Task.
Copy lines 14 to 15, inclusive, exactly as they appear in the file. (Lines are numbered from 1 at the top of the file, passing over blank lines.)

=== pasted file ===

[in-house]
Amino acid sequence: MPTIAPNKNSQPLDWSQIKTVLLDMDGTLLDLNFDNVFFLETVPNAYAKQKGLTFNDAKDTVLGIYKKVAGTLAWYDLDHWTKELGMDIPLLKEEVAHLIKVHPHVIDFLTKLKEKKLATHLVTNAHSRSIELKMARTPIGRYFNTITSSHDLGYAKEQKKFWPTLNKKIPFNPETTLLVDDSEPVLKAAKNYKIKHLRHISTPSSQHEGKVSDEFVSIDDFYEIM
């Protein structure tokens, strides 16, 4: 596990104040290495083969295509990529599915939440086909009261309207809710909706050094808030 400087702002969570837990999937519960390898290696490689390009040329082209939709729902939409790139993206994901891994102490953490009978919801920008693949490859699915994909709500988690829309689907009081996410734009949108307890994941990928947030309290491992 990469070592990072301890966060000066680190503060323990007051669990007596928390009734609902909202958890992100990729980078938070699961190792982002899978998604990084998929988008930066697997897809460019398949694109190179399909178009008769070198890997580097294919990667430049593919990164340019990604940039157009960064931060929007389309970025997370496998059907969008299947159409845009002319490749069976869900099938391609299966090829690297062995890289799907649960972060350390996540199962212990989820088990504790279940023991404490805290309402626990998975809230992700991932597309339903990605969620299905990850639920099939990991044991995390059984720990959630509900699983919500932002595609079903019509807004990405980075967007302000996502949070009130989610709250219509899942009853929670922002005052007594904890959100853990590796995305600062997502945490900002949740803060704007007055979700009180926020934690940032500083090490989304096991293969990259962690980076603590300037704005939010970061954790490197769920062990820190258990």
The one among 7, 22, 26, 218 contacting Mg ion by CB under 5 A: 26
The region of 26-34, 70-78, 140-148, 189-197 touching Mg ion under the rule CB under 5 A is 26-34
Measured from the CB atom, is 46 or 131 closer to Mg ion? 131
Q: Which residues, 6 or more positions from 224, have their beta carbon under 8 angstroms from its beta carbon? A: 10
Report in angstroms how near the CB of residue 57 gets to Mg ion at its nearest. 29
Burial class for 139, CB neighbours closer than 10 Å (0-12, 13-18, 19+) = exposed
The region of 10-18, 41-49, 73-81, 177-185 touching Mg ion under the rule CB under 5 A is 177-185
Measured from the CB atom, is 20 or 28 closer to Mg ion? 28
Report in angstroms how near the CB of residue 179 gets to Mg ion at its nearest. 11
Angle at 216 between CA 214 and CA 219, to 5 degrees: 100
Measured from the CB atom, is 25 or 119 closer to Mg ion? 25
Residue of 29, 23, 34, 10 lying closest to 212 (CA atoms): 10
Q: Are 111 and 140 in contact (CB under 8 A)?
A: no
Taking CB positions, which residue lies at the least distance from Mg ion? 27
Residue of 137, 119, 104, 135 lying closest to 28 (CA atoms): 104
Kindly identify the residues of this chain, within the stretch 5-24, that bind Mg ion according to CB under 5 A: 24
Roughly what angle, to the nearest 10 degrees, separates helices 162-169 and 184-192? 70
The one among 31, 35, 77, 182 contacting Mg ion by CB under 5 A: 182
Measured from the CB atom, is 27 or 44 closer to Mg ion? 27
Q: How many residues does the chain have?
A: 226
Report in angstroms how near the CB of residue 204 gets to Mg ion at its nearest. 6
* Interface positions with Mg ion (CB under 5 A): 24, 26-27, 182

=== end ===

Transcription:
Measured from the CB atom, is 25 or 119 closer to Mg ion? 25
Residue of 29, 23, 34, 10 lying closest to 212 (CA atoms): 10